The Road from Ruin
How to Revive Capitalism
and Put America Back on Top
by Matthew Bishop
and Michael Green
Crown Business, 384 pp., $27
Three weeks ago, high in the wintry alpine resort of Davos-Klosters, Switzerland, the world’s elite convened under the auspices of the World Economic Forum. Everyone sipped schnapps and talked about the future of the globe under the banner, “Rethink, redesign, rebuild.” And the book they all were reading was this one, written by an editor of the Economist and his researcher.
The operative word in the title is “from,” and the twin goals of this overly ambitious work are to “revive capitalism and put America back on top”—large goals indeed. According to Bishop/Green, capitalism ended on September 15, 2008, when Lehman Brothers fell. It is now a question of what will replace it. Showing off their blame-game proficiency, Bishop/Green enlist Time’s list of 25 people they love to hate, with Richard Fuld, Lehman’s last CEO, rated number one. The thesis here is that we can learn from the booms, crashes, and bubbles of the past; there were four big mistakes; Henry Paulson is a rogue; the problems are bankers, speculators, regulators, and politicians.
This book is cynical and trite, and the best thing to be said for it is that Bishop/Green do not believe the answer is more Marx. But they come close when they claim that the financial system is a “giant Ponzi scheme.” There are the five lessons of history and the four road signs ahead that, yes, will lead us to “a better kind of capitalism.” Davos phrases abound: Rethink economics, redesign governance, put values back in business, promote financial literacy. Full of suggestions, most of them half-baked, Bishop/Green suggest that the most pressing challenge is for the dollar to “relinquish its role as the world’s reserve currency.” Greed, we are told, is not good. And since easy populism would be a mistake, Bishop/Green show us the three roads ahead: Denial—where we do nothing; government control; and their preferred route, from ruin to new prosperity.
Here is a sample insight: “At times of panic credit markets have a tendency to freeze.” Here is another: “The bubble forms when expectations exceed reality.” Cue the applause from the civics class. Pondering the Goldman Sachs scandal, Bishop/Green defend the too-big-to-fail argument: Their hope is that we can “find ways to deter financial institutions from taking on excessive risks.” Excessive risks, sure; but all risks? They applaud the public rescue of banking and government-inspired guarantees (bailouts), and their mantras are “print more money” and, when in doubt, “strengthen regulatory measures.” We also need much more “coordination” to defeat systemic risk. Did Keynes really get it right? Is Big Government good government? Do markets always fail when left to their own devices?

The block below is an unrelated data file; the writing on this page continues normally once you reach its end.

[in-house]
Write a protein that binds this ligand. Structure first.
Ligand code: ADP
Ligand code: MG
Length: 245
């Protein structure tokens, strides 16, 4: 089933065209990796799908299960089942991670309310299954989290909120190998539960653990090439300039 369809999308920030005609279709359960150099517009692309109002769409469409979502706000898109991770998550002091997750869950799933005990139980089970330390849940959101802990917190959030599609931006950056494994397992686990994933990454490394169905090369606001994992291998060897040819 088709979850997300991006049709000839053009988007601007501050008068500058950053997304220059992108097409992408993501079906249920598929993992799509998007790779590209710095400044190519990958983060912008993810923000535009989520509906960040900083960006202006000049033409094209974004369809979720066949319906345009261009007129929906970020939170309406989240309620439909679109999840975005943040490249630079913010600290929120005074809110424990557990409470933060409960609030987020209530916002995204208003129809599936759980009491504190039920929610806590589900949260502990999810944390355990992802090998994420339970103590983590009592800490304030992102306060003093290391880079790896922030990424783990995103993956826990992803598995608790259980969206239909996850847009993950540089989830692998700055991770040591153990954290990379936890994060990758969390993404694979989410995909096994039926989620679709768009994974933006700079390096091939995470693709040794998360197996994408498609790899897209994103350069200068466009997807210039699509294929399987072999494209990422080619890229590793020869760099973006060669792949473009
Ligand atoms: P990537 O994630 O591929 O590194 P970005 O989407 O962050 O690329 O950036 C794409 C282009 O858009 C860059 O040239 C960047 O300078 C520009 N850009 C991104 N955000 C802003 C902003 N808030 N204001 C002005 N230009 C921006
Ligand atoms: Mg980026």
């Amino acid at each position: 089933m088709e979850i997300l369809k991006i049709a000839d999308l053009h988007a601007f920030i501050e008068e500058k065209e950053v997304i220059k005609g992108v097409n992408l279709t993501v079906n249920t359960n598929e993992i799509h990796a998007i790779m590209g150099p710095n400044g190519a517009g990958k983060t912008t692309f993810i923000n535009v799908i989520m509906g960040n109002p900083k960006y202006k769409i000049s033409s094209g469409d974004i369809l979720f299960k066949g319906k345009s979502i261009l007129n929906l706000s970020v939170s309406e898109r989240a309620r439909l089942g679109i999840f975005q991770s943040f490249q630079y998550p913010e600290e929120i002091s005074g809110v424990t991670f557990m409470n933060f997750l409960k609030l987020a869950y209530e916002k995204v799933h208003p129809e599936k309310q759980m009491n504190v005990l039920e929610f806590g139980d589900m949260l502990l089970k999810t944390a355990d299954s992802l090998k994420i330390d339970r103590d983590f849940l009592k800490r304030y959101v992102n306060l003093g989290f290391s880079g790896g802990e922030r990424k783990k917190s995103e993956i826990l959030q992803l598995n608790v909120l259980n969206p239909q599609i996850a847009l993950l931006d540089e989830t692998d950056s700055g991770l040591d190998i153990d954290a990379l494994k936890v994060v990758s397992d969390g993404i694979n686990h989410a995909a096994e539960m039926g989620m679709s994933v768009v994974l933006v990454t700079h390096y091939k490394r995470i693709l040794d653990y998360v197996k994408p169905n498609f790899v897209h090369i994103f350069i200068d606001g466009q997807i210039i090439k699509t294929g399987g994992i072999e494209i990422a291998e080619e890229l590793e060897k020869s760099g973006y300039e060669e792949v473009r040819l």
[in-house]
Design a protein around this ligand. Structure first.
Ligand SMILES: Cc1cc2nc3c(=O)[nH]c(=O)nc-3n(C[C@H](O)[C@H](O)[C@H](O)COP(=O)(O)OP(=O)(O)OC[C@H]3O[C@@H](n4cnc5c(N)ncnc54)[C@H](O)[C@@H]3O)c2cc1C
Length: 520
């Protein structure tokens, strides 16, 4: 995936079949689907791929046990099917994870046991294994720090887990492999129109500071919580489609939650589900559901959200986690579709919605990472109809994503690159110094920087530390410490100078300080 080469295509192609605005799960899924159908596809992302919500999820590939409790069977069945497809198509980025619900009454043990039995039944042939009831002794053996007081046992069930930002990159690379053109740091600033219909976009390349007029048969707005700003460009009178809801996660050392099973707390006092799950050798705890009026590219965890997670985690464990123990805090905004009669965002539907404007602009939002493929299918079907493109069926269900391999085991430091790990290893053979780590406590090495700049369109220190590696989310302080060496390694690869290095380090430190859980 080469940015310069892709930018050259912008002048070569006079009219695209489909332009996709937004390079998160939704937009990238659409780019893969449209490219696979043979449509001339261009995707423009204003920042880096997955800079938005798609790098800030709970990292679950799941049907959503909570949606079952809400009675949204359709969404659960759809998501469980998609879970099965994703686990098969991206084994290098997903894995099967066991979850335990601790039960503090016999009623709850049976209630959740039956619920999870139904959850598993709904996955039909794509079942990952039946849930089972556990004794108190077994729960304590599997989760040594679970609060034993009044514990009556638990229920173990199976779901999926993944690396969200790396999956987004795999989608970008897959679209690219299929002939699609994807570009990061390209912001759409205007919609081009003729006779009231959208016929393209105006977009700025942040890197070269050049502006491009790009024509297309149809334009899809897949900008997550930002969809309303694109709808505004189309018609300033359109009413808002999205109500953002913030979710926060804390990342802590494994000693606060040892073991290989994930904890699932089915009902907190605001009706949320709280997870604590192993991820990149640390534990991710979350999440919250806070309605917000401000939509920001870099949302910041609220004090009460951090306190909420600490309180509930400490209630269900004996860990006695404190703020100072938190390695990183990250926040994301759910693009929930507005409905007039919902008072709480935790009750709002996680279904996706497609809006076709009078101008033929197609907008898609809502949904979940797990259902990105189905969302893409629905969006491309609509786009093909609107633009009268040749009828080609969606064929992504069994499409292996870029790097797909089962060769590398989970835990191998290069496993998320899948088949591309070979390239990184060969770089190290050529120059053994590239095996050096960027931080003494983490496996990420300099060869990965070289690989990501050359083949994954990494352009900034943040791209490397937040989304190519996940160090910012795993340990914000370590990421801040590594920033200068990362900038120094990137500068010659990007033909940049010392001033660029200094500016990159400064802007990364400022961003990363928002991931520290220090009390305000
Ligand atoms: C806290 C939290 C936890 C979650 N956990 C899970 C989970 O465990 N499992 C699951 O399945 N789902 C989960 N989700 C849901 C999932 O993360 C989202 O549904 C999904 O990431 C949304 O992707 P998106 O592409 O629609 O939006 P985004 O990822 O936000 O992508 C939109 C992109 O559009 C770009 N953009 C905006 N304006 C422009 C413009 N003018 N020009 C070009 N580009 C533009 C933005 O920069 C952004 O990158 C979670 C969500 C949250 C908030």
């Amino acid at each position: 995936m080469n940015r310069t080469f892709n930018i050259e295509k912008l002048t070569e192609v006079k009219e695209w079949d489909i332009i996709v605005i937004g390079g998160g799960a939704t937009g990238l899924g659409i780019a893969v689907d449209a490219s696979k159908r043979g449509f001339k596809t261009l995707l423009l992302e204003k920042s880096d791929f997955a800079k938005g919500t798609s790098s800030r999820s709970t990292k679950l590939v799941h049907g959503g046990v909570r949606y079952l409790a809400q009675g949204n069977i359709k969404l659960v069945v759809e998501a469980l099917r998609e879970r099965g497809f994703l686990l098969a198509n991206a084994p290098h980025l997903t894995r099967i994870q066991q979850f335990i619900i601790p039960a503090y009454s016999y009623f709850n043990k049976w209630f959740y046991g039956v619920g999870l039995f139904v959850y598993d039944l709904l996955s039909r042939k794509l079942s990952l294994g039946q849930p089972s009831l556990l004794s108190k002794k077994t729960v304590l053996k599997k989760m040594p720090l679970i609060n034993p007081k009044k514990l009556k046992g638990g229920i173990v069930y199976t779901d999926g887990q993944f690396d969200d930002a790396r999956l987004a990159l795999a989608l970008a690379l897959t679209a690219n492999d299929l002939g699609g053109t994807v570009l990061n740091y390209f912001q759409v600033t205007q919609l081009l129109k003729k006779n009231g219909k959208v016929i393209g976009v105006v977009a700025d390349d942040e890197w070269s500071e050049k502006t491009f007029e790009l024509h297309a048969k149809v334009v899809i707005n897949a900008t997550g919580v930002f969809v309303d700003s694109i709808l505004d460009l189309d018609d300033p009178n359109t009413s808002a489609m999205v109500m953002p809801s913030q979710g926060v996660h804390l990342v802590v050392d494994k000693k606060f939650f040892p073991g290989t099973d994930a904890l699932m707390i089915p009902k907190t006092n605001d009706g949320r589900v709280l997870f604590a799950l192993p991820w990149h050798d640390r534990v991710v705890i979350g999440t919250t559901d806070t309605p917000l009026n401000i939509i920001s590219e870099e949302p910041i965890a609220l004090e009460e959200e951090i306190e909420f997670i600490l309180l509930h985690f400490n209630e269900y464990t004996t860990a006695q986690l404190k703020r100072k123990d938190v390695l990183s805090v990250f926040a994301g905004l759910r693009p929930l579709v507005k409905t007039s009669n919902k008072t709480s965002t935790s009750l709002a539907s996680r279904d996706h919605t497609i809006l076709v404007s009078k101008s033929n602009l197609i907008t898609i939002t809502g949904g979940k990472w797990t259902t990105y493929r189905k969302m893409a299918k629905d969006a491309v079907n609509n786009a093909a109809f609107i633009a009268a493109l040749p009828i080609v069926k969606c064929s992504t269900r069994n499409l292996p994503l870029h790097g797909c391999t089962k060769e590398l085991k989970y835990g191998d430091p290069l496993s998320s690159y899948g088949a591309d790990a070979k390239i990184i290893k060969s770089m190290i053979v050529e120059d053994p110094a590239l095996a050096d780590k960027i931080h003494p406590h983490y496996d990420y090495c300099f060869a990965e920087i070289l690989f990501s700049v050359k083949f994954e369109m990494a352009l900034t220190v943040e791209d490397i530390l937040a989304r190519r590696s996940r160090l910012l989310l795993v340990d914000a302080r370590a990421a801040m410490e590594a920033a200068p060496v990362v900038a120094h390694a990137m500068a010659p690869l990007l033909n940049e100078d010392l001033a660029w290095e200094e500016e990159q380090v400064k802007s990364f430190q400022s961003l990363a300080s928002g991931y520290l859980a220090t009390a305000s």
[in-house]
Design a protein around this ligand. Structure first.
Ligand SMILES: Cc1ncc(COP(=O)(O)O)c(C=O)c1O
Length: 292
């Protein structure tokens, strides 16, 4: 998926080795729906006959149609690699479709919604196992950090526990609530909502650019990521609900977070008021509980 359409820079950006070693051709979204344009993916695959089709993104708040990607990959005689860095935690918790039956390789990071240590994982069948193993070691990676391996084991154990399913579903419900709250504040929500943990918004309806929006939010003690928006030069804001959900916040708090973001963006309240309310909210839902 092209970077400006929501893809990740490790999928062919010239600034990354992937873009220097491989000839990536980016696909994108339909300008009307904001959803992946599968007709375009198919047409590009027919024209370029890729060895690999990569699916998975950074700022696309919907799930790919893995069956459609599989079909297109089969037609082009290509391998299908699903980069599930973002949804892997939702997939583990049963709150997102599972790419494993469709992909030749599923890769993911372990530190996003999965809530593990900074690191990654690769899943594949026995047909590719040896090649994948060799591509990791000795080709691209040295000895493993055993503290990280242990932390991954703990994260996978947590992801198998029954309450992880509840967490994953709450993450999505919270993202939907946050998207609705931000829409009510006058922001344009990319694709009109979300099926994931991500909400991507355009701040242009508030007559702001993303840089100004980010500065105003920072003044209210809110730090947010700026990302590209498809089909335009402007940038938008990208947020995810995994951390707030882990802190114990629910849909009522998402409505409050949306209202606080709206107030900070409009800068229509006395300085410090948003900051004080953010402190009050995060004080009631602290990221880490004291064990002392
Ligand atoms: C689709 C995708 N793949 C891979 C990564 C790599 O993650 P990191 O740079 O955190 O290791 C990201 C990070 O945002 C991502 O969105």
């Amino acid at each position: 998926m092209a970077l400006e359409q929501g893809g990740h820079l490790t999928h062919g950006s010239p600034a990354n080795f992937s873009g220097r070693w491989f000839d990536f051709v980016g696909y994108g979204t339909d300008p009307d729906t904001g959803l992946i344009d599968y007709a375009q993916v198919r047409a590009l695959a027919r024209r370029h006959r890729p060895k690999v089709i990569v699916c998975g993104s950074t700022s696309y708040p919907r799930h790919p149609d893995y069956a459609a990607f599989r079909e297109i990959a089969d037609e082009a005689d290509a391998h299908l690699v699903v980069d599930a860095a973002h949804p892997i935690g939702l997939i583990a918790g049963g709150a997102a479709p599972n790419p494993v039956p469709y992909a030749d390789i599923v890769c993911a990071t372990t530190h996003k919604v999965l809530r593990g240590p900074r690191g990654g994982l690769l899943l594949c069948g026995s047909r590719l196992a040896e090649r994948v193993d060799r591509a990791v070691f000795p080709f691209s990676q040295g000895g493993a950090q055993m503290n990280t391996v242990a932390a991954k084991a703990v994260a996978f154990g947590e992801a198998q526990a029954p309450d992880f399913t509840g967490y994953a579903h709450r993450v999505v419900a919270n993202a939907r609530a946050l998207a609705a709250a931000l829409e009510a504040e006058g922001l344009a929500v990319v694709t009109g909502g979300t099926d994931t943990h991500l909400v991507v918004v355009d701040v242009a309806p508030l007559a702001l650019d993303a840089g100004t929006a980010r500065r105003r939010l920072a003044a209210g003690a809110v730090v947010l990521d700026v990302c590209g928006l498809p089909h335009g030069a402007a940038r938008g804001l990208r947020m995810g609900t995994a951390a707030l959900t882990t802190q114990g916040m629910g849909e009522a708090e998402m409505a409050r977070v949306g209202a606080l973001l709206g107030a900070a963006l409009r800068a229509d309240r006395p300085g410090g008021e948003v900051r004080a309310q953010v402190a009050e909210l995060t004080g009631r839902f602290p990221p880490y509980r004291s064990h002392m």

Taking on the dismal science of economics, Bishop/Green plead for a “new paradigm.” The “animal spirits” of the market are not good and must be tamed. Citing Alan Greenspan’s mistakes (“he should have known better”), they rely on the authority of George Soros. Stakeholder capitalism enters left stage; behavioral economics is less arrogant. With improved statistics, and Nicolas Sarkozy’s new Commission on Measurement of Economic Performance and Social Progress, we can modernize accounting and have a perfect global solution—a super-International Monetary Fund. Besides dumping the dollar, the world must also have “international consensus” since the United States had been naughty and “learning to share power and give up control can be difficult.”
In the new Bishop/Green economy, an all-powerful Global Central Bank will run money, ignoring notions of national interest; but like gun ownership, the spread of capital will also need to be controlled. Aid is critical, since poverty remains in the world—but only “aid that works.” Foreign aid doesn’t work, it is here acknowledged, but we need more anyway. The problem is a lack of “collective action.” The authors’ notion of “philanthrocapitalism,” based on shareholder democracy and the overthrow of boards (especially the bad ones), will end cronyism, overcompensation of hungry CEOs, and lousy governance. And it will finally give us corporate social responsibility—Bill Gates’s version of “creative capitalism”—where we all “give back” and invest entirely on a social basis. To hell with profit. All we need is the political will, since “ultimately the public is to blame.” Why? Because it is financially illiterate. Journalists should be reeducated and made more “skeptical.”
For in the end, money is the great taboo; it’s what leads to subprime lending. Realizing that money is the “root of all evil,” a “competent economic citizenry” will fight the inherent flaws of capitalism because “the people were angry and scared.” If we don’t fight capitalism, we are warned, we could end up with a Chinese-style authoritarian capitalism. We can’t do “business as usual” any longer, and most certainly America, who started all this money madness, cannot dictate since the United States is no longer a “hegemon.”
It’s interesting to note that, through all the sermonizing and flagellation, short shrift is given to the classical virtues and to thrift. Instead, the underlying credo here is the need for more confidence in global government, since finance is an imperfect tool for managing risk in an uncertain world. But the market is up since September 2008; TARP funds are nearly repaid; financial reforms are on the way, and so are the Wall Street bonuses, as large as ever. Maybe we’re not on the road to ruin? Maybe we will adapt and muddle through?
Theodore Roosevelt Malloch is the author of Thrift: Rebirth of a Forgotten Virtue.